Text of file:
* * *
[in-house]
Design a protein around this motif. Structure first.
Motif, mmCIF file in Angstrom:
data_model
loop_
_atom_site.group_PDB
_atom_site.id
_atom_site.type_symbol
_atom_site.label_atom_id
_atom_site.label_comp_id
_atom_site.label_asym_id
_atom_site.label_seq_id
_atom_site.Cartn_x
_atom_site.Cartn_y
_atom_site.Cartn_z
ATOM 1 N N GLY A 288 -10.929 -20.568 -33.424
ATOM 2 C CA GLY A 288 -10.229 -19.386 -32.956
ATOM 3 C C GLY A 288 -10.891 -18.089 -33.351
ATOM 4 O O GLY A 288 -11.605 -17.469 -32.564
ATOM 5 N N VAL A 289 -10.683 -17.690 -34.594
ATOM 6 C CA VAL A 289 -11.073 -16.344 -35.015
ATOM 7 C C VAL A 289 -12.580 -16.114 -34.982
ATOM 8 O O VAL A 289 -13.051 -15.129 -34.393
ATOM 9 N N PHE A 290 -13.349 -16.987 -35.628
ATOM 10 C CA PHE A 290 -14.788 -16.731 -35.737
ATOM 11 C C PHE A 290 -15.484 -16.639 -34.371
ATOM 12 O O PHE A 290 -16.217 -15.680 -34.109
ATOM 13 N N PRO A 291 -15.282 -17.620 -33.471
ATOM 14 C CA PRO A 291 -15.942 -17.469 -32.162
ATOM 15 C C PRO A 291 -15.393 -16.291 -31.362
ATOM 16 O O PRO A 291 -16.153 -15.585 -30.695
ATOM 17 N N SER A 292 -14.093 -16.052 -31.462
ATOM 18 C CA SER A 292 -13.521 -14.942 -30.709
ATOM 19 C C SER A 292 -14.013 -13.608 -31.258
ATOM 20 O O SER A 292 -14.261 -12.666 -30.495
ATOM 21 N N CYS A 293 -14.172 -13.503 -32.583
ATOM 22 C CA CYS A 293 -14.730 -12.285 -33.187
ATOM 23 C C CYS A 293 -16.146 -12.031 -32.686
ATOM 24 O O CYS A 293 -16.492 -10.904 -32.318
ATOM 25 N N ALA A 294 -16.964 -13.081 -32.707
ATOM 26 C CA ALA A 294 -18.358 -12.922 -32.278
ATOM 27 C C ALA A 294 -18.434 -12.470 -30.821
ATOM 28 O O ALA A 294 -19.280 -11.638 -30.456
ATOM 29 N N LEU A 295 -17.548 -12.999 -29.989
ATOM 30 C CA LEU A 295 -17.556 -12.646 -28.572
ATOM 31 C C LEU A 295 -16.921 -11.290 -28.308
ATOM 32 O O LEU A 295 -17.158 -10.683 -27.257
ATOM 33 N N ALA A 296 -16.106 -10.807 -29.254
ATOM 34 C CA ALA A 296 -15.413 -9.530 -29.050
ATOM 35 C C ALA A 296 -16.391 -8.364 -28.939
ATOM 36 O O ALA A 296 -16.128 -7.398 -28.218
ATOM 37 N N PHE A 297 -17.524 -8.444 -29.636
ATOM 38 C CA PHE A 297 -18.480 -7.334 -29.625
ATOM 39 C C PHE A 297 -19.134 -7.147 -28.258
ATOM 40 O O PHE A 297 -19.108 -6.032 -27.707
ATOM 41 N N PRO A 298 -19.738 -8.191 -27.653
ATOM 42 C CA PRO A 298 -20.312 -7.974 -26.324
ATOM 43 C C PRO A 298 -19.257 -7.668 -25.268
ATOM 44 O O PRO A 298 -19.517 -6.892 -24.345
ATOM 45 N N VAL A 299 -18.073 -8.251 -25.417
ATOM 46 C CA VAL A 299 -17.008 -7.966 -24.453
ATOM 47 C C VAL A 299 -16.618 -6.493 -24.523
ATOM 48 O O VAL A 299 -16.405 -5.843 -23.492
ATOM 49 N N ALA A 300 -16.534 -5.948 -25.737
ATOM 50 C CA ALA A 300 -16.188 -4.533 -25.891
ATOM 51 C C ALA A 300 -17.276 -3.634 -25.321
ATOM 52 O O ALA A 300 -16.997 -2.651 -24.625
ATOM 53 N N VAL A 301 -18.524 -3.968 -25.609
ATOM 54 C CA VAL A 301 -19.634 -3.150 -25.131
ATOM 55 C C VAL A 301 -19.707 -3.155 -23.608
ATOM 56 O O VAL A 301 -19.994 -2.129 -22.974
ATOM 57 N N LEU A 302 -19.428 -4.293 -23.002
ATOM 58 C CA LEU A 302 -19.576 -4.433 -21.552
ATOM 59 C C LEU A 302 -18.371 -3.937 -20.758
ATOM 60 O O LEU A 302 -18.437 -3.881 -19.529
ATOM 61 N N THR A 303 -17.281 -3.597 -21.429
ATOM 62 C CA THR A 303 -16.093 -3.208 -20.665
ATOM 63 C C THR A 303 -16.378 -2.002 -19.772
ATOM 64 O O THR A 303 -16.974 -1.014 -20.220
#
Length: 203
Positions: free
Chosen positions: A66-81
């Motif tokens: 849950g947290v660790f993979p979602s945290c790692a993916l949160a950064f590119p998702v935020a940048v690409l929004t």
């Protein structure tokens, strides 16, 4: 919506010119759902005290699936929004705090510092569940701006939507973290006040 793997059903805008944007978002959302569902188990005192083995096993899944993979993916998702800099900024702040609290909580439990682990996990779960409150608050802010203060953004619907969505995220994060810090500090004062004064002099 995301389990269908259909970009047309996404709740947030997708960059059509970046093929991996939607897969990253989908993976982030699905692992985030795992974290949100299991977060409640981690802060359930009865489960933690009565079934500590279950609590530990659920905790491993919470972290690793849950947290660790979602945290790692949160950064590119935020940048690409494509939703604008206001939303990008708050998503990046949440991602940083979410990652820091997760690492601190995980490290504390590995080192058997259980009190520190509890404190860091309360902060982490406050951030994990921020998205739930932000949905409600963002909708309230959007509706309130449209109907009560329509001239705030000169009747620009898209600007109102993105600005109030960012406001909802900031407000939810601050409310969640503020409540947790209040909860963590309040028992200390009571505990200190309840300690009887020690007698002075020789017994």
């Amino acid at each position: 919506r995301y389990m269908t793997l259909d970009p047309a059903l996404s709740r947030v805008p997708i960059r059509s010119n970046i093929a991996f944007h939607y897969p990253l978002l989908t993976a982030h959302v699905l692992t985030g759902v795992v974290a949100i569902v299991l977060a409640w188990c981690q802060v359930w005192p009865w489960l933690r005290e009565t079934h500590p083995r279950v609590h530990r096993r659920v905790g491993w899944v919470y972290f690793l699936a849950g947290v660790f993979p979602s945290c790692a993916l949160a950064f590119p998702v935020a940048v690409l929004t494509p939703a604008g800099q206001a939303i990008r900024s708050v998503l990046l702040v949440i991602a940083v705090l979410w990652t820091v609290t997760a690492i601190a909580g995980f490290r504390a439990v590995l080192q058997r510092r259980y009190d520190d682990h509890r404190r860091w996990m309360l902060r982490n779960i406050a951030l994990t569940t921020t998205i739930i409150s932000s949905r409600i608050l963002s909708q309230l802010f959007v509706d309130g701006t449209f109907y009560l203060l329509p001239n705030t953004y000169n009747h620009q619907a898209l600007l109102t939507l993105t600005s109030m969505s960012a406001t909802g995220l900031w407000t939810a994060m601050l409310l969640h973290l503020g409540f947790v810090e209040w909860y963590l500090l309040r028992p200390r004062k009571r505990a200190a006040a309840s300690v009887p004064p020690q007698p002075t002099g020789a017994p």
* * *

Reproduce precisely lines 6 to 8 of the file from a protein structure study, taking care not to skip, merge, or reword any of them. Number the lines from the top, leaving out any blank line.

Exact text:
_atom_site.group_PDB
_atom_site.id
_atom_site.type_symbol